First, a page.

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Refugee Mir Ahmad, 60, in Cox's Bazar. Photo: Sorin Furcoi/Al Jazeera

Cox's Bazar, Bangladesh — None of the more than 900,000 Rohingya who over the last year have fled a brutal crackdown by the Myanmar army, described by the United Nations as "textbook ethnic cleansing,” have returned from Bangladesh under a repatriation deal the two countries signed last November.

What they’re saying: For many of the Rohingya, who are not recognized by Myanmar as an ethnic group and are denied citizenship and government services, this was not the first time they had forcibly left their homes. Many now living refugee camps tell Al Jazeera they will not return unless their demands — including citizenship, greater inclusivity in government services such as education and the workforce, the ensuring of security and safety, and reparations for all that they have lost — are met.

  • Hujjatul Islam, 12: "I was in Year Three in school when I was in Rakhine. Now I can't find a proper school here except for the madrasahs where we learn the Quran. I haven't heard of any repatriation deal. I'll go back if we have Rohingya recognition. We would much rather die here if Myanmar forces us to go back without granting us citizenship."
  • Mahmud Yunis, 35: "I have no demands. I want to go back to my village without any compensation or conditions. I used to be a porter. Now I do nothing. Every day I face many difficulties just to get food. I am dependent on aid. There are also hygiene problems, such as the lack of sanitary latrines."
  • Dildar Begam, 35: "I have nine children and a husband. It took us two days to reach Cox's Bazar. I saw so many massacres, rapes, and homes set on fire. I haven't heard of the repatriation deal. I would only go back if Myanmar granted us Rohingya recognition. I don't feel good here because this is not my land."
  • Mir Ahmad, 60: "I am willing to go back to Rakhine if the Myanmar government meets our demands, such as compensation and recognizing us as citizens. Here I can get food and shelter. I feel better here than in my own village because there's more security. But I want to return to Fukira Bazar because there, I can live in dignity."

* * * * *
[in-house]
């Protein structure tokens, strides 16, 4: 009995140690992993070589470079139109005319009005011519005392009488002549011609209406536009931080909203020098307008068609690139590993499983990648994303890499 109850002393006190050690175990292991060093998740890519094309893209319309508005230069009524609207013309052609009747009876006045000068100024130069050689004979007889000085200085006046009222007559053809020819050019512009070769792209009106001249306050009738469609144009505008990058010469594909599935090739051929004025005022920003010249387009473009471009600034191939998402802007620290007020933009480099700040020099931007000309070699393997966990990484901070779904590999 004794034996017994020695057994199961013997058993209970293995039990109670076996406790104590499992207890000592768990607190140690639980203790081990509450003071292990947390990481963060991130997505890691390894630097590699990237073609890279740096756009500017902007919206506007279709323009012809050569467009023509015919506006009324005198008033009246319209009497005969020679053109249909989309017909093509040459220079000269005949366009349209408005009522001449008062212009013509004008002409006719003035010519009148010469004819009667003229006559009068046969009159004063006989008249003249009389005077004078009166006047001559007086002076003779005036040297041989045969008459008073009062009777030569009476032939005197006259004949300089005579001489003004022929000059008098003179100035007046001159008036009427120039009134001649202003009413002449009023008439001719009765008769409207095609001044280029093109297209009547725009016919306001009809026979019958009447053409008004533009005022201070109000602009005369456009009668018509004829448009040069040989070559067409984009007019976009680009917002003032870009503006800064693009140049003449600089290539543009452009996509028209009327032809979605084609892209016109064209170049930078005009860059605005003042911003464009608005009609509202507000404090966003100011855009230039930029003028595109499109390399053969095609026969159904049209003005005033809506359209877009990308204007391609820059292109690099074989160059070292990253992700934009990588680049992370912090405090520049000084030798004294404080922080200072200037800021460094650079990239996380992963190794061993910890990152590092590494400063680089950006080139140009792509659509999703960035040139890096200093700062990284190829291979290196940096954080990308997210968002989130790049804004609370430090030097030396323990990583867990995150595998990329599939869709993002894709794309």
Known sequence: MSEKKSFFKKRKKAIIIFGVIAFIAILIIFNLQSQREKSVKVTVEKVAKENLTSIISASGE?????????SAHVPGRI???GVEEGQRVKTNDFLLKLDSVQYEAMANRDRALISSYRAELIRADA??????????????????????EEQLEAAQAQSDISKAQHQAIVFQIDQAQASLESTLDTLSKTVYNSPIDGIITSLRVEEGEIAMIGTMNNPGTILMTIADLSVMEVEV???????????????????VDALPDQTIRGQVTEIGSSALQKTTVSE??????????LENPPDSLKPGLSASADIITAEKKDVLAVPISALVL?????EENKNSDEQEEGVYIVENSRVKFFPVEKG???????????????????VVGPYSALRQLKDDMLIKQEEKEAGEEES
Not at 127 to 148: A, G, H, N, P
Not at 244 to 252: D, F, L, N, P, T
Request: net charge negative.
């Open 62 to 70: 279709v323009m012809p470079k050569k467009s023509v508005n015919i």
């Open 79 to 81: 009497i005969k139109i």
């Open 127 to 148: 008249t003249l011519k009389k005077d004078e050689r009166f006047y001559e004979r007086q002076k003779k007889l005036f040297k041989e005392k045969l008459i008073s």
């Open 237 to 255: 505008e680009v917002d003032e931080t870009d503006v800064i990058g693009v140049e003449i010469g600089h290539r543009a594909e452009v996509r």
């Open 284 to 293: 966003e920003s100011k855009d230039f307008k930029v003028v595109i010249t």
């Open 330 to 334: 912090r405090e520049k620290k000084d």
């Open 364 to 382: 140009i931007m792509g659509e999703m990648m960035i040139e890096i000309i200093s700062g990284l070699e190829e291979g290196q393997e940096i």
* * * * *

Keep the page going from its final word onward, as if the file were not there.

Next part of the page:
Go deeper: Read the full Al Jazeera report.

Go deeper

3 hours ago - Politics & Policy

Scoop: Kaine, Collins pitch Senate colleagues on censuring Trump

Sen. Tim Kaine speaks with Sen. Susan Collins. Photo: Andrew Harnik/AP via Getty Images

Sens. Tim Kaine and Susan Collins are privately pitching their colleagues on a bipartisan resolution censuring former President Trump, three sources familiar with the discussions tell Axios.

Why it matters: Senators are looking for a way to condemn Trump on the record as it becomes increasingly unlikely Democrats will obtain the 17 Republican votes needed to gain a conviction in his second impeachment.

3 hours ago - Politics & Policy

Scoop: Anthony Coley to lead Justice Department public affairs

Photo: Xinhua/Ting Shen via Getty Images

Judge Merrick Garland, President Biden’s nominee for attorney general, has tapped Anthony Coley, an Obama-era Treasury Department official, to serve as a senior adviser and to lead public affairs at the Department of Justice, according to people familiar with the matter.

Why it matters: As the public face of the DOJ, Coley will help explain — and defend — the department's actions, from sensitive cases to prosecutorial decisions, including the investigation into Hunter Biden.

AP: Justice Dept. rescinds "zero tolerance" policy

A young girl waves to onlookers through the fence at the U.S.-Mexico border wall in San Ysidro, California, in Nov. 2018. Photo: Sandy Huffaker/AFP via Getty Images

President Biden's acting Attorney General Monty Wilkinson issued a memo on Tuesday to revoke the Trump administration's "zero tolerance" immigration policy, which separated thousands of migrant children from their families at the U.S.-Mexico border, AP first reported.

Driving the news: A recent report by Justice Department Inspector General Michael Horowitz emphasized the internal chaos at the agency over the implementation of the policy, which resulted in 545 parents separated from their children as of October 2020.